This word [ecclesia] translated church or assembly is found in at least four important meanings in the New Testament. It is used (1) to mean an assembly of people. In this sense it has no special theological meaning. It can refer to Israel as a gathered people in the wilderness (Acts 7:38) or a regular assembly of citizens (Acts 19:39) or a group of people gathered for religious worship (Heb. 2:12). (2) The same word is used for an assembly of Christians in a local church (Acts 8:1, 8:3; 11:22, 26) and in the plural for a group of such churches (1Cor. 16:19; Gal. 1:2). Each assembly or church has a local gathering composed of professed Christians. That all in the assembly are not necessarily true believers is clear from the messages to the seven churches of Asia (Rev. 2:1+-3:22+). (3) Ecclesia is also used of the total of professing Christians without reference to locality and is practically parallel in this sense to Christendom (Acts 12:1; Rom. 16:16; 1Cor. 15:9; Gal. 1:13; Rev. 2:1-29+, 3:1-22+; etc.). The same word is used (4) of the body of Christ, composed of those baptized by the Holy Spirit into the church (1Cor. 12:13). Ecclesia used in this connection becomes a technical word referring to the saints of this age.1It is important to recognize that the letters to these seven churches use the term “church” in the sense of a local gathering of professing believers. It is not used in a technical sense to describe all those who are known to have been born again—the true body of Christ (Luke 15:24, 32; John 3:3, 7; Gal. 6:15; 1Pe. 1:3, 23; 1Jn. 2:29; 3:9; 5:1, 18). If we fail to understand that the letters address both believers and “church-going” unbelievers, then the promises attending each letter will be misconstrued.2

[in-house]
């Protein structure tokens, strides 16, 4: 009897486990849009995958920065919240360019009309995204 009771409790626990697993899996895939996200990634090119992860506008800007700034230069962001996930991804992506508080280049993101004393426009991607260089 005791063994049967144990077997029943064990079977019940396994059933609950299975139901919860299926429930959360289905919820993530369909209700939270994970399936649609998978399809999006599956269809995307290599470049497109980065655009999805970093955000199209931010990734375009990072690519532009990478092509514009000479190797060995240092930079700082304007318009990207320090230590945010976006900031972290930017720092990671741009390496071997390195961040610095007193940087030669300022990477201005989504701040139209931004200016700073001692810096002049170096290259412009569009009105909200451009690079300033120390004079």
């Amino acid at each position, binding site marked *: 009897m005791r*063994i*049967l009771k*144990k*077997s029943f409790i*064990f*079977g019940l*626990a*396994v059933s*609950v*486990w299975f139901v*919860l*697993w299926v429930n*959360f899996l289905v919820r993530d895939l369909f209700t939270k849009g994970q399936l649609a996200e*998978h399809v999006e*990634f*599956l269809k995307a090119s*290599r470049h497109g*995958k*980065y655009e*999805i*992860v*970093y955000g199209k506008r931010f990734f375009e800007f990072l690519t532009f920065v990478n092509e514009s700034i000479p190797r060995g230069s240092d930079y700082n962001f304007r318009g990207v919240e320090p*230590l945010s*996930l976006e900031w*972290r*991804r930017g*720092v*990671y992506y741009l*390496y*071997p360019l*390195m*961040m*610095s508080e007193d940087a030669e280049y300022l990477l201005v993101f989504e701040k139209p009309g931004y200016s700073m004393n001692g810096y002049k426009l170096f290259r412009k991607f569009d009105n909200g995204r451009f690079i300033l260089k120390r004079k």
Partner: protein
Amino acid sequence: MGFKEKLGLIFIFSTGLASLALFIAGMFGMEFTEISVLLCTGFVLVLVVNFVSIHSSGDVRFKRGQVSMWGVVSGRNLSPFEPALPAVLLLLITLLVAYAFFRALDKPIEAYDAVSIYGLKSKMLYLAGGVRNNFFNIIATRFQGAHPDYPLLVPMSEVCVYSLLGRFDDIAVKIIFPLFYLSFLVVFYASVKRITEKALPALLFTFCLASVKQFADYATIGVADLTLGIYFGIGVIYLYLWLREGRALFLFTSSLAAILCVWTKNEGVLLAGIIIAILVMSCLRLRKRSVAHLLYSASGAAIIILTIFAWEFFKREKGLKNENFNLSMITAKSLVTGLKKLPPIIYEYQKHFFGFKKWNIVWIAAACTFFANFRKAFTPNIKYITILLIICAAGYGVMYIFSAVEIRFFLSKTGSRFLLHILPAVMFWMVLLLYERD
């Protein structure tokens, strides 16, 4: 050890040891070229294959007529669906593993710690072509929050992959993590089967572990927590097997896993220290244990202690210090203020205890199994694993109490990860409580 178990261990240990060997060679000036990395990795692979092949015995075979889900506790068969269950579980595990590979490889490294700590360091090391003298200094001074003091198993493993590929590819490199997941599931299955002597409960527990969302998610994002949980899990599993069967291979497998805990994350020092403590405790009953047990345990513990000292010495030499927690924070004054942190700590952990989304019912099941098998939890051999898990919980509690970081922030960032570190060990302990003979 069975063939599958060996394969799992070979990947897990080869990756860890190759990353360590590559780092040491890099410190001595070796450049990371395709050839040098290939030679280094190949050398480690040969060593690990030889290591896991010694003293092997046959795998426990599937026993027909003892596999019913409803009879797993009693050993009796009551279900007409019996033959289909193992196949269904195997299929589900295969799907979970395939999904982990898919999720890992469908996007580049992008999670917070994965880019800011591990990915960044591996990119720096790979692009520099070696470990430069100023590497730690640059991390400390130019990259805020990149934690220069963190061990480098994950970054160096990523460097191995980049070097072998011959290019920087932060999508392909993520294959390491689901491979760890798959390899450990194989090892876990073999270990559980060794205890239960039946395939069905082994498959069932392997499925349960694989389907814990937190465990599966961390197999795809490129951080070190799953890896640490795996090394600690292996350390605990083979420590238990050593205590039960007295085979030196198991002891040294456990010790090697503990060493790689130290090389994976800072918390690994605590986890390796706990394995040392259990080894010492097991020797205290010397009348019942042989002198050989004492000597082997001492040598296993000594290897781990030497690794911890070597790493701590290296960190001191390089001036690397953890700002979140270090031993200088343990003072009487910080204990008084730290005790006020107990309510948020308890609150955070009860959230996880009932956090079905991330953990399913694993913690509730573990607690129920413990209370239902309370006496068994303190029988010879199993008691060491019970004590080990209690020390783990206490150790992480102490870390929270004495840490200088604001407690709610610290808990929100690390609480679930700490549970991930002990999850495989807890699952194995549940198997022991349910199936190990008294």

[the letters] involve the visible church rather than the invisible Church. The latter is the Body of Messiah, composed of all true believers since Pentecost. It is sometimes referred to as the Universal Church. But the visible church is the local body or local church, which may have both believers and unbelievers. It includes all professing believers whether they really are or not.3The omniscience and piercing gaze of Jesus is evident by His detailed knowledge of the condition of each church. Jesus “knows” their works (Rev. 2:2+, 9+, 13+, 19+; 3:1+, 8+, 15+).“Know” (Οἶδα [Oida] , Rev. 2:2+) expresses the Lord’s self-claim of knowledge in each of the seven messages in contrast to γινώσκω [ginōskō] (“I know”), which speaks of progress of knowledge, oida reflects full or complete knowledge. It depicts absolute clearness of mental vision, which photographs all facts of life as they pass. It, not ginōskō, is always the word used of Christ’s knowledge in Revelation.4
We call the contents of these chapters Epistles; but they are not so much messages from an absent Lord as sentences of a present Judge, engaged in the solemn act of inspection and decision.5
1 John F. Walvoord, The Millennial Kingdom (Grand Rapids, MI: Zondervan Publishing House, 1959), 224-225.
2 The “overcomer” (Rev. 2:7+, 11+, 17+, 26+; 3:5+, 12+, 21+; 21:7+) is not a special class of Christian, but a simple believer (1Jn. 5:4).
3 Arnold G. Fruchtenbaum, The Footsteps of Messiah, rev ed. (Tustin, CA: Ariel Ministries, 2003), 47.
4 [Robert L. Thomas, Revelation 1-7 (Chicago, IL: Moody Press, 1992), 133]. See also [Henry Barclay Swete, The Apocalypse of St. John (Eugene, OR: Wipf and Stock Publishers, 1998, 1906), 24].
5 J. A. Seiss, The Apocalypse: Lectures on the Book of Revelation (Grand Rapids, MI: Zondervan Publishing House, 1966), 67.